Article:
Are you getting enough of the “Sunshine Vitamin” (aka Vitamin D)?

Did you know Vitamin D deficiency has been linked to cancer, diabetes, osteoporosis, rheumatoid arthritis, inflammatory bowel disease, multiple sclerosis and autism?

 

And that’s not all! Recent studies have also linked this remarkable vitamin to the prevention and potential cure of many other devastating and weakening conditions including cardiovascular disease, blood pressure issues, high cholesterol levels, neurological system disorders, kidney failure, reproductive system disorders, muscle weakness, obesity, disorders of the skin, and even tooth decay.

 

The problem is 85% of us aren’t getting enough of this “sunshine vitamin” which helps fight bone loss, infection, and abnormal cell growth. In a recent study, it showed that almost half of the population of adults in the US were vitamin D deficient (1 billion people worldwide). If you shun sun, suffer from milk allergies, or adhere to a strict vegan diet, you may be at risk for Vitamin D deficiency.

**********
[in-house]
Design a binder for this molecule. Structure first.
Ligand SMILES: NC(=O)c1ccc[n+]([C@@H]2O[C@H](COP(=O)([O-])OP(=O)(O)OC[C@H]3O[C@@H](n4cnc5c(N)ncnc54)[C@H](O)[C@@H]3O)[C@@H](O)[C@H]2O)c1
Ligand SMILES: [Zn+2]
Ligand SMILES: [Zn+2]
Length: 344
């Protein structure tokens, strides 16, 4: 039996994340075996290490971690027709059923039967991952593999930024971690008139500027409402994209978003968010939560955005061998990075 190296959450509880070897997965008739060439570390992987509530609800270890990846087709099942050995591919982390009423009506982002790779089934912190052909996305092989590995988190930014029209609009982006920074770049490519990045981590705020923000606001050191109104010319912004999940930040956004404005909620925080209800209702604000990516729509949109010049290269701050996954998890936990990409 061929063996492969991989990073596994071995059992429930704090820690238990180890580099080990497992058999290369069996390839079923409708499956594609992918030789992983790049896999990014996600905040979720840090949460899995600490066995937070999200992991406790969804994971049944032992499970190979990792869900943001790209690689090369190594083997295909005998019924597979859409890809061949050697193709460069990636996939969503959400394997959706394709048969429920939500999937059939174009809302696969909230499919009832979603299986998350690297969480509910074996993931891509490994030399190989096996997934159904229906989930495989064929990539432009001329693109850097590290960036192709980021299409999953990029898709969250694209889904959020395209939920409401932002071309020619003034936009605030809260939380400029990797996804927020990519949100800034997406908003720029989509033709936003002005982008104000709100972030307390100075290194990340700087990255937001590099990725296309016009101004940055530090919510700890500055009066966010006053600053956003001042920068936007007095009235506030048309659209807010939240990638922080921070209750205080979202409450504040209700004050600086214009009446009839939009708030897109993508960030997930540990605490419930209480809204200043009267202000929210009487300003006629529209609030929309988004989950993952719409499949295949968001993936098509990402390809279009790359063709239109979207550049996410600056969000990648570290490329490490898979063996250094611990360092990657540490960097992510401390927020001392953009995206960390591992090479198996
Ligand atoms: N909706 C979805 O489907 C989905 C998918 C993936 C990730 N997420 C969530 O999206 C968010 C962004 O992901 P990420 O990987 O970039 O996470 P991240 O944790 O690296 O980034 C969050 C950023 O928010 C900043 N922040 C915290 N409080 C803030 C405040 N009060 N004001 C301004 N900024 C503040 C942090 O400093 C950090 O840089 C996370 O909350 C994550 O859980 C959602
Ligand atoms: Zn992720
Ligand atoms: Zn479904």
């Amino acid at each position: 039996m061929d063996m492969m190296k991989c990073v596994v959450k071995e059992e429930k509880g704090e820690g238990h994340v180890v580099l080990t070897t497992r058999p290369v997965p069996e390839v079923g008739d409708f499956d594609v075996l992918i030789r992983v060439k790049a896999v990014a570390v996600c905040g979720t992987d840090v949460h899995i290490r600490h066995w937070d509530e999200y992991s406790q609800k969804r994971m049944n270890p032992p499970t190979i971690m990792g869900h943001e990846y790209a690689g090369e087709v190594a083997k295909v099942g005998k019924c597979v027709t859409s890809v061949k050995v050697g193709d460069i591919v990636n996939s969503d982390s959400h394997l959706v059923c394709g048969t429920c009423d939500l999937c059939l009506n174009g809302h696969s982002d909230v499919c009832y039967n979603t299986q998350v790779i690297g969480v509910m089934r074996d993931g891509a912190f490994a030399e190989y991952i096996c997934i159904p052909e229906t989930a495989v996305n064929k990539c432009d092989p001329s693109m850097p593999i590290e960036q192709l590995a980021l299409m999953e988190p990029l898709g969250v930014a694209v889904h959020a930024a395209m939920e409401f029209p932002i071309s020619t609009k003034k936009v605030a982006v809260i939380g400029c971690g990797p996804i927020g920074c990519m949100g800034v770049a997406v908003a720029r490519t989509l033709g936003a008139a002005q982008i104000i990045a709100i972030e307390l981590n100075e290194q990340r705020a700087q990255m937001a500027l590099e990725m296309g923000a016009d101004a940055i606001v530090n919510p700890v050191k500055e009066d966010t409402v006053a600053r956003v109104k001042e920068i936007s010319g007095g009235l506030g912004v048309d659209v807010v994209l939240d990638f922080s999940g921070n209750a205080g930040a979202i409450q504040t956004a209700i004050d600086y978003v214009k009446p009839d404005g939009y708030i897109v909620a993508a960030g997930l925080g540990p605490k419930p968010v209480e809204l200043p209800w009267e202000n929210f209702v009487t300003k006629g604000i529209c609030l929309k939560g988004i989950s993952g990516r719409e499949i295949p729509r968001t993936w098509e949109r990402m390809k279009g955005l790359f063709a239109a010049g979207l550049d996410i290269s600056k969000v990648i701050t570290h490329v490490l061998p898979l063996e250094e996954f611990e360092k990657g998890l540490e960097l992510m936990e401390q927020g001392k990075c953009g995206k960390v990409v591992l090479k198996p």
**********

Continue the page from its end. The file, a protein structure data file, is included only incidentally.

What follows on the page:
Vitamin D is produced by the body in response to skin being exposed to sunlight. It also occurs naturally in a few foods– including some fish, fish liver oils, and egg yolks — and in fortified dairy and grain products.

 

Why Are We So D’- ficient?